I did go to plenty of the talks however – more than I expected to actually, although there were a few where the venue was full up by the time I got there. I'm not entirely sure why Greenbelt gives extra profile to certain speakers and then allocates them a smaller venue – though I know that certain bands in the past have requested the smaller venues for that more intimate feel.
There were a good number of biblical scholars at this years festival, although some of those were the ones I missed, so in the end I only really caught Morna Hooker. She was talking about the nativity narratives in Matthew and Luke, and whilst most of it was stuff I was familiar with there were a few extra things that I came away with. Hooker started off reading Matthew's opening as a way of demonstrating that Mathew is more of a scholar than a teacher. She also pointed out how "disrespectful" the four women mentioned in the genealogies are. Rather than finding Sarah, Rebekah etc we find a prostitute, a woman who posed as a prostitute in order to have a child by their Father-in-law, a Moabite, and an adulteress. Hooker says this links to Mary's "suspicious" pregnancy. She also pointed out two things I'd never thought of. Firstly that the star makes a mistake in leading the wise men to Herod, and secondly that Luke is paralleling the birth of Jesus with the birth of John.
I also enjoyed listening to Christian Aid's Nigel Varndell who had chosen the provocative title "Jesus was a Liar". Of course it was obvious that that was hardly what he meant – and sure enough he was mainly looking at 2 occasions in Mark when Jesus appears to deliberately misquote the Old Testament (Mark 10:19, 12:30-31). The thirs example he gave was from Mark 8:38 ("For whoever is ashamed of me..of him will the Son of man also be ashamed") which comes straight after Jesus has told Peter (who denies Jesus laterin the book) that he will use him to build his church. He used this last passage to say we need to hold Jesus's words and actions in tension.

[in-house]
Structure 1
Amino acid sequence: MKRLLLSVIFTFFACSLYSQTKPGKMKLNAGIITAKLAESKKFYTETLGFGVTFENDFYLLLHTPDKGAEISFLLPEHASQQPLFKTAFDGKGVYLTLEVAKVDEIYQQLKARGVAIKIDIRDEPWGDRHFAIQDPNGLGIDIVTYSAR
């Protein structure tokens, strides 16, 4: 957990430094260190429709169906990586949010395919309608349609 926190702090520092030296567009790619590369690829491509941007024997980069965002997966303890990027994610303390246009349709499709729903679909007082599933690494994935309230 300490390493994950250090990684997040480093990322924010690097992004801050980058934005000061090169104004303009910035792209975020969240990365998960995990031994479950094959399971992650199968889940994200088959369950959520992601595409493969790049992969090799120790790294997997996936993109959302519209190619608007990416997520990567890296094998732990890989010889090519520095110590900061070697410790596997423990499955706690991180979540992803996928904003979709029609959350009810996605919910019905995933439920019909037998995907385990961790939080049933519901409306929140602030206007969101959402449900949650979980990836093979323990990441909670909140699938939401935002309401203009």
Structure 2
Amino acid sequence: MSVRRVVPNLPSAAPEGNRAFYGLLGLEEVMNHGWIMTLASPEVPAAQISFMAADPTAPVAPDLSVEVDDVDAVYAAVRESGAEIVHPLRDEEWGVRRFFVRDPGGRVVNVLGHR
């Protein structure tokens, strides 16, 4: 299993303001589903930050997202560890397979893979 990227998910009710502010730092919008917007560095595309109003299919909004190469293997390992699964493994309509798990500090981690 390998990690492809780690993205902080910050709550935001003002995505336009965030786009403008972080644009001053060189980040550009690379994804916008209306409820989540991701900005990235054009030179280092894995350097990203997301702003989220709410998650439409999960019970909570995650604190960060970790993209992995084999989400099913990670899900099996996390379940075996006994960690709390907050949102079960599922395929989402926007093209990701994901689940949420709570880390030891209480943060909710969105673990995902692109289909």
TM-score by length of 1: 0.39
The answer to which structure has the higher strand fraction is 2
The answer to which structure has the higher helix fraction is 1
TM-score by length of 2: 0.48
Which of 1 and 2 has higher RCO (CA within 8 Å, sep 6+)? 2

Other talks I enjoyed were Dave Tomlinson, the always good John Smith and Mark Yaconelli who ably demonstrated that he's a chip off the old block (his father Mike Yaconelli was a huge favourite of mine before his untimely death a few years back). And, of course, Greenbelt wouldn't be complete without hearing Gareth Higgins's annual "Film Review of the Year". I was surprised that he was quite so enamoured by The Fountain and that he didn't give much time to the incredible This is England but otherwise there's a lot of agreement between us and he highlighted a few films that I really need to catch.
Sadly, the film programme was less exciting this year. The majority of the programme was given over to four films from the Church Times's 50 top religious films – The Mission, Babette's Feast, Into Great Silence (my review) and Intolerance. Fortunately they also showed a few other films including the coffee industry documentary Black Gold which I was disappointed to miss earlier in the year. It didn't disappoint, and you can read my review over at rejesus.